I wrote previously about the four stages of learning. We progress from unconscious incompetence (“you don’t know what you don’t know”), to conscious incompetence (“you know what you don’t know”), then conscious competence (“you have a solid grasp on the subject matter, but you have to think about it”), and finally unconscious competence (“you know the subject matter like the back of your hand”).
How does one apply this paradigm to learning?
Consider a person who is unaware (i.e., unconsciously incompetent) of the concept of emotional intelligence. Perhaps this person has a measure of EI without consciously realizing or understanding it. Or perhaps this person has developed habits of thought and behavior that discourage self-assessment of blind spots and drive away others.
What should a person do in this situation?
- Survey the landscape. Become aware of what you don’t know so that you can progress beyond unconscious incompetence (a.k.a., “utter ignorance”). Google and Wikipedia can make this initial process quite easy. It’s not that you’ll become a subject matter expert from reading Wikipedia articles, but you will at least have a place to begin digging deeper. Perhaps the impetus behind your pursuit of learning is a challenge or weakness you want to overcome, or an opportunity or strength you want to develop. For instance, if you are trying to figure out why your relationships are failing or if you want to get ahead in your career, perhaps you will stumble across the concept of emotional intelligence. You are now beginning to become conscious of your incompetence (or “areas for improvement,” to put it euphemistically).
- Outline the core concepts that you need to learn, and make a plan. This will set you on the path toward conscious competence. As you progress in your learning, you might discover that areas you initially thought were important turned out to be peripheral. This is part of the process of graduating from conscious incompetence to conscious competence. For example, perhaps you discover the importance of knowing yourself (intrapersonal skills), as well as developing interpersonal, communications, and relationship skills. Instead of unconsciously “floating along” with your habits that run counter to sound EI principles, you are ready to overcome your weaknesses and challenges.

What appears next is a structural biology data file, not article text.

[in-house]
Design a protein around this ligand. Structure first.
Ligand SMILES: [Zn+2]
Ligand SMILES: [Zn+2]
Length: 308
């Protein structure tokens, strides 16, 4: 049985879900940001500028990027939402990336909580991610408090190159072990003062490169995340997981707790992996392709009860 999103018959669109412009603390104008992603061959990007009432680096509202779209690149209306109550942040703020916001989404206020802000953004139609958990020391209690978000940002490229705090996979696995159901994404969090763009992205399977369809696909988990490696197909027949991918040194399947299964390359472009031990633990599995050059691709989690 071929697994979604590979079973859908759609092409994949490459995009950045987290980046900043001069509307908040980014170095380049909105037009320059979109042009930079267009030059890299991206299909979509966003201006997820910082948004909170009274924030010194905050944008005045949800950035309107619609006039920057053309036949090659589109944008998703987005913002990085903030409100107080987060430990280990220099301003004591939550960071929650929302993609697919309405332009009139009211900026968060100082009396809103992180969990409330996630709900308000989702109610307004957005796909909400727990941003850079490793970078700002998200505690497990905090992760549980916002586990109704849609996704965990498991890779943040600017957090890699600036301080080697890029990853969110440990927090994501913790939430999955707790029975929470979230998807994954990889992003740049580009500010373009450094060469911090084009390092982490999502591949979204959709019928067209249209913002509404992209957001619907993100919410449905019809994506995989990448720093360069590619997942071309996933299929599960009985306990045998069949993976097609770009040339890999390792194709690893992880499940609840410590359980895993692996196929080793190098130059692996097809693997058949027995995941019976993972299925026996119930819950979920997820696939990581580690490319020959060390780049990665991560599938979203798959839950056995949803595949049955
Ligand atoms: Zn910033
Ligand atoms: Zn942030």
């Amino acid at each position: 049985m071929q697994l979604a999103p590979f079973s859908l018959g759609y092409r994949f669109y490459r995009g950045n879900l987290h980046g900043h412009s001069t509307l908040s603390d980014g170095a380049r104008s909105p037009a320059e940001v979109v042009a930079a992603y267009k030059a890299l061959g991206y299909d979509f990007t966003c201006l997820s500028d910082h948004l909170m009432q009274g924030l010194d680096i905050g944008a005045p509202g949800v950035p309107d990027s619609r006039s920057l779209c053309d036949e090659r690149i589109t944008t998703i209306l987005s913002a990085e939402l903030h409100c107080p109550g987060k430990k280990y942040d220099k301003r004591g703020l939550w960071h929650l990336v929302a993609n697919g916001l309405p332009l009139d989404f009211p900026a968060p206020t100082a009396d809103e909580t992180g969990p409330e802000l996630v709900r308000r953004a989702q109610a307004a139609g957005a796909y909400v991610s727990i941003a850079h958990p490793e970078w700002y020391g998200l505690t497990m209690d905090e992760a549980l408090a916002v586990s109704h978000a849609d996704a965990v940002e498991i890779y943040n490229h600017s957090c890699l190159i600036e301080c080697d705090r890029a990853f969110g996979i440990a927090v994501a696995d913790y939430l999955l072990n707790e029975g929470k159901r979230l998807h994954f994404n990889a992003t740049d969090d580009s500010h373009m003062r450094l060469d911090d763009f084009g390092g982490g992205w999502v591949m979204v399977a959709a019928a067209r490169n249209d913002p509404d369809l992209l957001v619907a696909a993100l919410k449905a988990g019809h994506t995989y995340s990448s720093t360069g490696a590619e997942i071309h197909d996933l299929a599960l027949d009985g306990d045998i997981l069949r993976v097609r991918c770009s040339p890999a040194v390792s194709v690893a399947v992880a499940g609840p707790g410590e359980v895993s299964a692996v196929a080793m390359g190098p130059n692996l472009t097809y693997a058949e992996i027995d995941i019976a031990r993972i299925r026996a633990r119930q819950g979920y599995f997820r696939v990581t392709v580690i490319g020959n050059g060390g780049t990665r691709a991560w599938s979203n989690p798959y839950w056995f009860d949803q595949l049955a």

- Consistently and systematically pursue the discipline of learning. This will get you to the level of conscious competence. You will learn how the different areas of the subject relate to each other, as well as how the subject relates to other fields and disciplines. You will overcome your ignorance and unlearn bad habits that were setting you back in ways that you had not previously realized. You will replace these bad habits with positive patterns of thought and behavior.
- Recognize where you came from once you reach unconscious competence. Though it’s thrilling and rewarding to know your subject matter so well that it’s “second nature,” the danger is becoming unapproachable. Guard against talking over people’s heads, patronizing or insulting them, or being impatient with them due to your perception of their ignorance. Chances are, if you can gently help them toward attaining conscious incompetence (so that they start to acknowledge what they don’t know), you will be the first person they will ask for tips on how to reach conscious competence.
Finance professionals should never stop learning. We have to constantly apply ourselves to develop and grow. We can routinely progress through the four stages and apply the paradigm of learning whether we are developing technical skills, knowledge of our field and industry, social and relational skills, or more.
In what areas could you benefit from working through the four stages of competence? How can you help others achieve success in the process?